New Jersey's law goes well beyond the new federal rules, which ban the sale of fruit- and dessert-flavored e-cigarette cartridges, or pods, that are placed in slim penlike devices, vaporized by a heated coil and smoked. Menthol cartridges are still permitted under the FDA guidelines. The federal rules also gave vape shops a lifeline by continuing to permit the sale of a staple product: liquids used in open-tank systems.
Supporters of New Jersey's ban say flavors are especially popular with teenagers and that any reduction in access to flavored nicotine will slowly drive down usage.
Inhaling heated chemicals -- most vaping liquids blend nicotine with propylene glycol -- poses health risks for adults as well, many supporters noted.
"Vaping is a health issue -- not just for young people," said Karen Blumenfeld, director of Global Advisors on Smokefree Policy, an advocacy group based in Summit, N.J.
"Getting flavored vaping products off the market will protect our youth," Assemblyman Herb Conaway, a physician who was among those who sponsored the legislation, said in a statement. "If we don't, we will have another generation of young people addicted to nicotine."
Vape shop owners argue that limiting sales in stores where customers already must be 21 years old will not significantly curb teenage vaping, especially since flavored products remain readily available online.
The law, they say, penalizes adults who turned to vaping as a way to quit smoking tobacco, which each year causes diseases that kill 7 million people worldwide, including about 480,000 people in the United States.
A study by the New England Journal of Medicine released last year found that e-cigarettes were nearly twice as effective as other nicotine replacement products, like patches and gum, for quitting smoking.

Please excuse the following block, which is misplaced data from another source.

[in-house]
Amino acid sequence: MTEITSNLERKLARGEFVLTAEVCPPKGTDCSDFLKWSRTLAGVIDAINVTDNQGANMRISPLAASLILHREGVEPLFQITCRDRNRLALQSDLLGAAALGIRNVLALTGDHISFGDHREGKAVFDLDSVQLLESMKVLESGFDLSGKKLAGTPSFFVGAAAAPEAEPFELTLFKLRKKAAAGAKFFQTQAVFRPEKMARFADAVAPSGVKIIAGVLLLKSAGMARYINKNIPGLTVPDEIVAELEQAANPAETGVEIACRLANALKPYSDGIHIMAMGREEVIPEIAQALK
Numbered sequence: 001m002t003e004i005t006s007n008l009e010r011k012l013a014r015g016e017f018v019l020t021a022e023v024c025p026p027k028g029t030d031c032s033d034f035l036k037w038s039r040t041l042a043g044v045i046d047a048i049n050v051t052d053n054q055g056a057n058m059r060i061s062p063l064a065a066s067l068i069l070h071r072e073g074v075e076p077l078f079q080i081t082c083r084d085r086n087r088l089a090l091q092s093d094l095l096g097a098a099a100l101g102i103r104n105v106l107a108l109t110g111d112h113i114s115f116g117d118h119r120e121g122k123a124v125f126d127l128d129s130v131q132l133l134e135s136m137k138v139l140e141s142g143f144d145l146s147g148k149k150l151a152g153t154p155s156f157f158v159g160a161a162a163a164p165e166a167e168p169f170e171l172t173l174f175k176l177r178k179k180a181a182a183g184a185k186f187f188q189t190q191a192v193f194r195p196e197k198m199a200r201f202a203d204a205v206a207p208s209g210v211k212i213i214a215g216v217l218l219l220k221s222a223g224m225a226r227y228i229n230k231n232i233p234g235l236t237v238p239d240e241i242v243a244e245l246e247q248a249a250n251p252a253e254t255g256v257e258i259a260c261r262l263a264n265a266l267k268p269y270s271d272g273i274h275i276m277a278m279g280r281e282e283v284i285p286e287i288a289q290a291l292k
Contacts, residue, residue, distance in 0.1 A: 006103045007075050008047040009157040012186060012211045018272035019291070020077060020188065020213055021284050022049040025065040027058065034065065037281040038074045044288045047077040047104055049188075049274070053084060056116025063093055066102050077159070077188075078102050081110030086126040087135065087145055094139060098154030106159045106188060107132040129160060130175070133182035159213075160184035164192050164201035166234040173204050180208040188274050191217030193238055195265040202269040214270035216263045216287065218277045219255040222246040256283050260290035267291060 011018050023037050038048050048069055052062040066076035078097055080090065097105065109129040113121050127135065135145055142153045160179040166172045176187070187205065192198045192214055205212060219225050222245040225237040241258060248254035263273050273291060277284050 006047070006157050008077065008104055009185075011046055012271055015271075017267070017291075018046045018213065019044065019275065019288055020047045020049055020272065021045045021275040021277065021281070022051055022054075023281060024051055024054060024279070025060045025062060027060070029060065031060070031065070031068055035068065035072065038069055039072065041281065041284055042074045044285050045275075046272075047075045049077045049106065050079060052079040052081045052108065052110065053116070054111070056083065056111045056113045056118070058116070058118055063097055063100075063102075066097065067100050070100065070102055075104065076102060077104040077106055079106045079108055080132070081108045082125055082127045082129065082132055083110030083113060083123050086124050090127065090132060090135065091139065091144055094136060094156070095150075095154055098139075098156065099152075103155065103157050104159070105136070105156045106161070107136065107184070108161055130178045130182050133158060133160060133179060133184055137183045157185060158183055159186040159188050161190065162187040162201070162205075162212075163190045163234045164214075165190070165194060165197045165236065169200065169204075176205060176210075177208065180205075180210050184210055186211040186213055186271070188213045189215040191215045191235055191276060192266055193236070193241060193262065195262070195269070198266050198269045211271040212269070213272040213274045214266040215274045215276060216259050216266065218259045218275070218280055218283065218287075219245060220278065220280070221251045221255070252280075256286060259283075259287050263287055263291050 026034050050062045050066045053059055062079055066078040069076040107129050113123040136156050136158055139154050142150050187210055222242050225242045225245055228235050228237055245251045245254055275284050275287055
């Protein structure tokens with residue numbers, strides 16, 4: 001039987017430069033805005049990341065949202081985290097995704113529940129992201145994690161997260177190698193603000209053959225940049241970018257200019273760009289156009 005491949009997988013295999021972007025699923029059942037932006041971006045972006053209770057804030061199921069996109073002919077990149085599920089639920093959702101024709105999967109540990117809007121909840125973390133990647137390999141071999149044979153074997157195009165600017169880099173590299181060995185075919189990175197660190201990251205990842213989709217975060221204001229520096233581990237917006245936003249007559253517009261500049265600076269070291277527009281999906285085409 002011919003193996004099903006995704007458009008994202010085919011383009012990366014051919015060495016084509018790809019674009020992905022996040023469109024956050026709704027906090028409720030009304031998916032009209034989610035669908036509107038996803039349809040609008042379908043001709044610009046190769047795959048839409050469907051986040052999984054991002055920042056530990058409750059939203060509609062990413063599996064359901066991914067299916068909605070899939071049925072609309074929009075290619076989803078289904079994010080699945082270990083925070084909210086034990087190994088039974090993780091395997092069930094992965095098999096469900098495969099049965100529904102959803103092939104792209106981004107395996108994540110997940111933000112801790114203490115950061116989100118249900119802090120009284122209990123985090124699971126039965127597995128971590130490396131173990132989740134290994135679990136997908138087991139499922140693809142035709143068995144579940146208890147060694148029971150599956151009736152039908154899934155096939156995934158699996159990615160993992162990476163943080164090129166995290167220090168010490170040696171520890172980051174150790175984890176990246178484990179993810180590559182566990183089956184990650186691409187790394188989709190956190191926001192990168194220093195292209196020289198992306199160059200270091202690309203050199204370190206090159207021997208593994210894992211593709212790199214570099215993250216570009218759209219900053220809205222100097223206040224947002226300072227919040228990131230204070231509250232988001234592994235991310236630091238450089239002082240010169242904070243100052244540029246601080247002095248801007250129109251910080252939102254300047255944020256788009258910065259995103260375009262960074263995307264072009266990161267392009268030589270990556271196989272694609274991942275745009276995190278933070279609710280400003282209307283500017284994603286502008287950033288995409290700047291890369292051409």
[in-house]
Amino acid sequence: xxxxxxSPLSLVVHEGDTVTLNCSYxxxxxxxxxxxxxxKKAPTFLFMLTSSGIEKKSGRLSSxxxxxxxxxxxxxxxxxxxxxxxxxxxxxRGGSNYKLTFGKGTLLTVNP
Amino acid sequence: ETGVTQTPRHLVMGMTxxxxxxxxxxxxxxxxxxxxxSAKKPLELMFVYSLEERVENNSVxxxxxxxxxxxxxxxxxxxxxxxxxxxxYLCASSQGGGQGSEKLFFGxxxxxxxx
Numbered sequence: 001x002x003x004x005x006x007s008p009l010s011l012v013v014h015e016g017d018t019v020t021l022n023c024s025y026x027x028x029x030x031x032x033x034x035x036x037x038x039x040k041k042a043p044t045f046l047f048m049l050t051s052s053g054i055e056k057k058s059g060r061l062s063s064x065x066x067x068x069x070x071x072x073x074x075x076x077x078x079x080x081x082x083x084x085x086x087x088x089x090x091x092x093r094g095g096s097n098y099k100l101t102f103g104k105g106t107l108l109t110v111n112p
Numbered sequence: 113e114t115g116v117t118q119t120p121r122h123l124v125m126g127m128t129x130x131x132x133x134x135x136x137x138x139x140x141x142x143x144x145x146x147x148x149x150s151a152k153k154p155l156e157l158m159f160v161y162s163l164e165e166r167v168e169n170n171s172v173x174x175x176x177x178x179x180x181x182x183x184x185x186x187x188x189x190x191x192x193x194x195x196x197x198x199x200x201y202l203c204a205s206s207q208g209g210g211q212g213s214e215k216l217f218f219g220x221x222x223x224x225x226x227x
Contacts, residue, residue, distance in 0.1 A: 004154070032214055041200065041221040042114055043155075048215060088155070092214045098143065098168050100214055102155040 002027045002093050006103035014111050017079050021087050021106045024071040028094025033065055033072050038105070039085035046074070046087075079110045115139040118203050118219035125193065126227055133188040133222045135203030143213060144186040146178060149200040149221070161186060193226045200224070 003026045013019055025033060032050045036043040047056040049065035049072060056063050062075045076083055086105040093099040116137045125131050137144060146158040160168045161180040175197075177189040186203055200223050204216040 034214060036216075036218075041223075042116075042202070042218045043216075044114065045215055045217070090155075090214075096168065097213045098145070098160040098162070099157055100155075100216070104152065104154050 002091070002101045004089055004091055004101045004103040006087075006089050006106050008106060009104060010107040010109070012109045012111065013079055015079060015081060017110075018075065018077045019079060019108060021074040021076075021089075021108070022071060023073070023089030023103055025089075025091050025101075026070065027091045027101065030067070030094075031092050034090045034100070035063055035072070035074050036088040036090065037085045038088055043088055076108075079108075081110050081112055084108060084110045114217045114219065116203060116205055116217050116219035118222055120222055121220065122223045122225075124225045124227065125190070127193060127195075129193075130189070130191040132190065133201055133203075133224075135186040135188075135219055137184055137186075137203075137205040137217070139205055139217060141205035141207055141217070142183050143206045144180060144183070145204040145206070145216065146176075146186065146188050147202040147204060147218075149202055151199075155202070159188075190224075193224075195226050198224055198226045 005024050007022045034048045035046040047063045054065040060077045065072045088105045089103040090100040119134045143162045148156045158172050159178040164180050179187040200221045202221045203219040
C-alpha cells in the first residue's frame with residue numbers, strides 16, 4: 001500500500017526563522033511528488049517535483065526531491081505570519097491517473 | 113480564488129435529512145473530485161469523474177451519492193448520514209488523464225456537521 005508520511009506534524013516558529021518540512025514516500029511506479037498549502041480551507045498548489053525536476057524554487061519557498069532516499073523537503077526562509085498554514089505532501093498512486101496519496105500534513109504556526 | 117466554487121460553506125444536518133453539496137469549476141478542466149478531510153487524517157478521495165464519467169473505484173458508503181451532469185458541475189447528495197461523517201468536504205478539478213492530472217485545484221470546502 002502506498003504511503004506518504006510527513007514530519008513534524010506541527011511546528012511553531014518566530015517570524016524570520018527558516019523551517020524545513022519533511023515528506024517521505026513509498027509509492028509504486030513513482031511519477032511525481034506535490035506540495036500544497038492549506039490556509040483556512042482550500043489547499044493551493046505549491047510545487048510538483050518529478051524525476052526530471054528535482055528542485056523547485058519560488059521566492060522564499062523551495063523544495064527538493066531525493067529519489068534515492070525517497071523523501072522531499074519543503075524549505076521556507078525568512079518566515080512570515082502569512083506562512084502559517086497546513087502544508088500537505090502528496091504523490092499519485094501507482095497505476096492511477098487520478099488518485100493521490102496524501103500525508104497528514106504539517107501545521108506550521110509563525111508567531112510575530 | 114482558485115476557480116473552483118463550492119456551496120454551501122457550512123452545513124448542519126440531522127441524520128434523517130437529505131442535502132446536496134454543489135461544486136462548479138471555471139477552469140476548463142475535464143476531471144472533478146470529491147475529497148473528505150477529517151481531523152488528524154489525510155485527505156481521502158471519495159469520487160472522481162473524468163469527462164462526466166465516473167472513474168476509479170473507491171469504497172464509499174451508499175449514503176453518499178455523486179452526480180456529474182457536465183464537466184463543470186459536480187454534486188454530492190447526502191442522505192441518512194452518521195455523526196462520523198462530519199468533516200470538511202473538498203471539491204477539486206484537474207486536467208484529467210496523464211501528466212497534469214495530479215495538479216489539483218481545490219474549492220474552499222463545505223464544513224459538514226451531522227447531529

"Every smoker who does not quit because of a lack of availability of flavors is a public health failure for the state of New Jersey," said Gregory Conley, president of the American Vaping Association, a pro-vaping advocacy group.
Disposable e-cigarettes also are still allowed under the federal guidelines, a loophole that teenagers have begun to exploit by switching from refillable e-cigarettes like Juul to disposable varieties like Puff Bars, which come packaged with nicotine cartridges and cannot be reloaded. New Jersey's law makes disposable e-cigarettes illegal to sell.
Gov. Philip D. Murphy, in a memo, called the new law "a necessary step to address the vaping epidemic among our state's youth."
But the Democratic governor vetoed a related bill that would have raised the fines for selling vaping or tobacco products to people younger than 21, required age verification scanners at stores and capped the legal concentration of nicotine in vaping liquids sold in New Jersey at 2%.
Assemblyman John J. Burzichelli, a Democrat, opposed the flavor ban legislation, saying it would hurt small businesses without making a significant dent in what he agreed was a crisis in teenage vaping.
"Nothing we did prevents people from finding the product -- either on the black market or the internet," Burzichelli said. "We've lost the ability to tax it. We've lost the ability to regulate it. We're going to send them elsewhere to obtain it."
SundayMonday Business on 02/23/2020